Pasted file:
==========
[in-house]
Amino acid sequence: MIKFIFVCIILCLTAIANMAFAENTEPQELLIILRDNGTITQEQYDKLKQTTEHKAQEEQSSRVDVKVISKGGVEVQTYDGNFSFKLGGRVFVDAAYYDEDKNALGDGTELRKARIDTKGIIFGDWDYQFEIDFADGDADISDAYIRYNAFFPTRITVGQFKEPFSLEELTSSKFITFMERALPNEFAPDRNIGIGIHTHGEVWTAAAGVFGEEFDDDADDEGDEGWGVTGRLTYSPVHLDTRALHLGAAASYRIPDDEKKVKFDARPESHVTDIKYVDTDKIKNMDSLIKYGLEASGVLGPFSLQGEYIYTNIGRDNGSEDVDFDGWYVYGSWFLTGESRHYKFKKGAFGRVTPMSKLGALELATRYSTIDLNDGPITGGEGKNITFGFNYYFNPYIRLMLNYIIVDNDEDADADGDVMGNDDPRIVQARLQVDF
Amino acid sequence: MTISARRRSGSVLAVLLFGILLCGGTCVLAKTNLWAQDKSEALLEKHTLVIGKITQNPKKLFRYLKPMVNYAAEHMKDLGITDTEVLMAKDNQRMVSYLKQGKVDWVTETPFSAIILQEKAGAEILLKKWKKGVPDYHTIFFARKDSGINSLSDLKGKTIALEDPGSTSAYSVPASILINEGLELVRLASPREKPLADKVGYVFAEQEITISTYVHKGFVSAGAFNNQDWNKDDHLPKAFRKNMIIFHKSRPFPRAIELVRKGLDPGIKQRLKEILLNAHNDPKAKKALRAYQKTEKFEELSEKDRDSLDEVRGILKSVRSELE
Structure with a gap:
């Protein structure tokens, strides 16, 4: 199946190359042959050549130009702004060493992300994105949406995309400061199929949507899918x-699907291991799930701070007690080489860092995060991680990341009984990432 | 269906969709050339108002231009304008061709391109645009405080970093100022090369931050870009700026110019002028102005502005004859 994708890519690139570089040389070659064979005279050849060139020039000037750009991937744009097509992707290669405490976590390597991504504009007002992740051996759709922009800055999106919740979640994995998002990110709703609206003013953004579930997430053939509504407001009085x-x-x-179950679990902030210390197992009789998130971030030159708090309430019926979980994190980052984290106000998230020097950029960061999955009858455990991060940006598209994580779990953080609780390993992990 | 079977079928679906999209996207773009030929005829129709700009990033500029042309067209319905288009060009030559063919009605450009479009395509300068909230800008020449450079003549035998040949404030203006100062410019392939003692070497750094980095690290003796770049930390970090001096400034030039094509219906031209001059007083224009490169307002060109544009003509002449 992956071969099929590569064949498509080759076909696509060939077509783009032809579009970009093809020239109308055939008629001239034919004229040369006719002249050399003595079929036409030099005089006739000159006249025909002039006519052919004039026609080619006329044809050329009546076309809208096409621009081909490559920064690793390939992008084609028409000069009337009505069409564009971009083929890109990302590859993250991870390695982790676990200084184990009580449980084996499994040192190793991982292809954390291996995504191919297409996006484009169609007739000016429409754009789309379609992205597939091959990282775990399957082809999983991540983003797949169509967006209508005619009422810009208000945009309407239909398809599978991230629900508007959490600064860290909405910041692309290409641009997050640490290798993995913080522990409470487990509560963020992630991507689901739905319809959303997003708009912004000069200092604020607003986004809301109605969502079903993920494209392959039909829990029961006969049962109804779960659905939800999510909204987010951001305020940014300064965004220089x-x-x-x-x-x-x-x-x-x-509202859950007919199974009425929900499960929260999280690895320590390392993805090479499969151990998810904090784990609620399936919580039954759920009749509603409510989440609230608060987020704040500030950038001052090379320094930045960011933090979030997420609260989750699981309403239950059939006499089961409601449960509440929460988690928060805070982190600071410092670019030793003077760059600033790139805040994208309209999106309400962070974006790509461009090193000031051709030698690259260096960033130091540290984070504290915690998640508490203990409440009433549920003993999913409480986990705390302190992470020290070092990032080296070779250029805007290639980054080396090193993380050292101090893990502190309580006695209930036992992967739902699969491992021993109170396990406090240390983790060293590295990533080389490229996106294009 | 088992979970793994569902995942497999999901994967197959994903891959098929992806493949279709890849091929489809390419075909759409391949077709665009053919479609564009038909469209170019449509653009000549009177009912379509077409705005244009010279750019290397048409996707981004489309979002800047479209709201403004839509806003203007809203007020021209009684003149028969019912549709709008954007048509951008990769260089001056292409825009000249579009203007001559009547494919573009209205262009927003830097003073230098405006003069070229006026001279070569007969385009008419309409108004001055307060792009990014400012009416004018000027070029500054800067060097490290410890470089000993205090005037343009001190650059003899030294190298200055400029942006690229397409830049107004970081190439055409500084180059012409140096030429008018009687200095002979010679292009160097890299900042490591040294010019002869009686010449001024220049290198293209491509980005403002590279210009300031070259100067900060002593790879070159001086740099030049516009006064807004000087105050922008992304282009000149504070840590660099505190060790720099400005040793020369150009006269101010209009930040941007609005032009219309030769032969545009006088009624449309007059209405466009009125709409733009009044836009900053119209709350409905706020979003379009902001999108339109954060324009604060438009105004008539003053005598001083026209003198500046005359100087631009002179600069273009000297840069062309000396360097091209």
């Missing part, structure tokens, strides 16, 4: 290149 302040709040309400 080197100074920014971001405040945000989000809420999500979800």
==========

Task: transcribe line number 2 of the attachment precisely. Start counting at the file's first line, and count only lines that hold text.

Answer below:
Amino acid sequence: MIKFIFVCIILCLTAIANMAFAENTEPQELLIILRDNGTITQEQYDKLKQTTEHKAQEEQSSRVDVKVISKGGVEVQTYDGNFSFKLGGRVFVDAAYYDEDKNALGDGTELRKARIDTKGIIFGDWDYQFEIDFADGDADISDAYIRYNAFFPTRITVGQFKEPFSLEELTSSKFITFMERALPNEFAPDRNIGIGIHTHGEVWTAAAGVFGEEFDDDADDEGDEGWGVTGRLTYSPVHLDTRALHLGAAASYRIPDDEKKVKFDARPESHVTDIKYVDTDKIKNMDSLIKYGLEASGVLGPFSLQGEYIYTNIGRDNGSEDVDFDGWYVYGSWFLTGESRHYKFKKGAFGRVTPMSKLGALELATRYSTIDLNDGPITGGEGKNITFGFNYYFNPYIRLMLNYIIVDNDEDADADGDVMGNDDPRIVQARLQVDF